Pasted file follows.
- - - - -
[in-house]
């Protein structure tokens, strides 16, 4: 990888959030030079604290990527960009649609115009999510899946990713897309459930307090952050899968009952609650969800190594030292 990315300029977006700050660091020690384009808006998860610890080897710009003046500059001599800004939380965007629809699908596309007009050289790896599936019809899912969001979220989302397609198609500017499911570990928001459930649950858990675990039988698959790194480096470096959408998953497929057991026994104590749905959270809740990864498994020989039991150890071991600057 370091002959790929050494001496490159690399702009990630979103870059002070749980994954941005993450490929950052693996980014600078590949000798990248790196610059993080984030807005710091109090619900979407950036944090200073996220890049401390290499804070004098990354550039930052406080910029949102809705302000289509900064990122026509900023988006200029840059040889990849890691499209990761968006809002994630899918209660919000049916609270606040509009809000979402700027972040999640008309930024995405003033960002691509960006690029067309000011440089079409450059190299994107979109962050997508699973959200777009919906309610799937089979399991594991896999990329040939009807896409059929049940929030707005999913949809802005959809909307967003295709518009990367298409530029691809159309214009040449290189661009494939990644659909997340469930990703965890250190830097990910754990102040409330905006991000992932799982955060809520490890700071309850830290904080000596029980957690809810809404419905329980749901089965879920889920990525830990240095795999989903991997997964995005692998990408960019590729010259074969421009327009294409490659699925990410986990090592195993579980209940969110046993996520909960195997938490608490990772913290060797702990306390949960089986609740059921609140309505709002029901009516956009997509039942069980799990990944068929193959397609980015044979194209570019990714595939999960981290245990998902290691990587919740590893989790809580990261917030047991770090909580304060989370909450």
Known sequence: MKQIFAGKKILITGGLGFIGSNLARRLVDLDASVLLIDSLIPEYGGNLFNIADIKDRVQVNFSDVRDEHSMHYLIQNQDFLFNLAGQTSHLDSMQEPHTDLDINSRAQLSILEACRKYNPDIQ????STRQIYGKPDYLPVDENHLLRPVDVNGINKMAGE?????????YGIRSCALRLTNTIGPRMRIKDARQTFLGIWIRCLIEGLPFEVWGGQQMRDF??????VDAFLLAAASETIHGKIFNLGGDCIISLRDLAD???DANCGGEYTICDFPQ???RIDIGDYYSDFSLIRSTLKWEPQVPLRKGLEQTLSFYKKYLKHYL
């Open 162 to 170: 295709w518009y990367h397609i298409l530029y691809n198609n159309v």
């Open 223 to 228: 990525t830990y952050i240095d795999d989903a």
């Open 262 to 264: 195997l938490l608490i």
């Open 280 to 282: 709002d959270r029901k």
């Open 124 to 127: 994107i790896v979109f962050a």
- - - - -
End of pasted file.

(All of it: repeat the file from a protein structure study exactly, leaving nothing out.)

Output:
[in-house]
């Protein structure tokens, strides 16, 4: 990888959030030079604290990527960009649609115009999510899946990713897309459930307090952050899968009952609650969800190594030292 990315300029977006700050660091020690384009808006998860610890080897710009003046500059001599800004939380965007629809699908596309007009050289790896599936019809899912969001979220989302397609198609500017499911570990928001459930649950858990675990039988698959790194480096470096959408998953497929057991026994104590749905959270809740990864498994020989039991150890071991600057 370091002959790929050494001496490159690399702009990630979103870059002070749980994954941005993450490929950052693996980014600078590949000798990248790196610059993080984030807005710091109090619900979407950036944090200073996220890049401390290499804070004098990354550039930052406080910029949102809705302000289509900064990122026509900023988006200029840059040889990849890691499209990761968006809002994630899918209660919000049916609270606040509009809000979402700027972040999640008309930024995405003033960002691509960006690029067309000011440089079409450059190299994107979109962050997508699973959200777009919906309610799937089979399991594991896999990329040939009807896409059929049940929030707005999913949809802005959809909307967003295709518009990367298409530029691809159309214009040449290189661009494939990644659909997340469930990703965890250190830097990910754990102040409330905006991000992932799982955060809520490890700071309850830290904080000596029980957690809810809404419905329980749901089965879920889920990525830990240095795999989903991997997964995005692998990408960019590729010259074969421009327009294409490659699925990410986990090592195993579980209940969110046993996520909960195997938490608490990772913290060797702990306390949960089986609740059921609140309505709002029901009516956009997509039942069980799990990944068929193959397609980015044979194209570019990714595939999960981290245990998902290691990587919740590893989790809580990261917030047991770090909580304060989370909450």
Known sequence: MKQIFAGKKILITGGLGFIGSNLARRLVDLDASVLLIDSLIPEYGGNLFNIADIKDRVQVNFSDVRDEHSMHYLIQNQDFLFNLAGQTSHLDSMQEPHTDLDINSRAQLSILEACRKYNPDIQ????STRQIYGKPDYLPVDENHLLRPVDVNGINKMAGE?????????YGIRSCALRLTNTIGPRMRIKDARQTFLGIWIRCLIEGLPFEVWGGQQMRDF??????VDAFLLAAASETIHGKIFNLGGDCIISLRDLAD???DANCGGEYTICDFPQ???RIDIGDYYSDFSLIRSTLKWEPQVPLRKGLEQTLSFYKKYLKHYL
């Open 162 to 170: 295709w518009y990367h397609i298409l530029y691809n198609n159309v």
């Open 223 to 228: 990525t830990y952050i240095d795999d989903a």
């Open 262 to 264: 195997l938490l608490i």
């Open 280 to 282: 709002d959270r029901k």
């Open 124 to 127: 994107i790896v979109f962050a």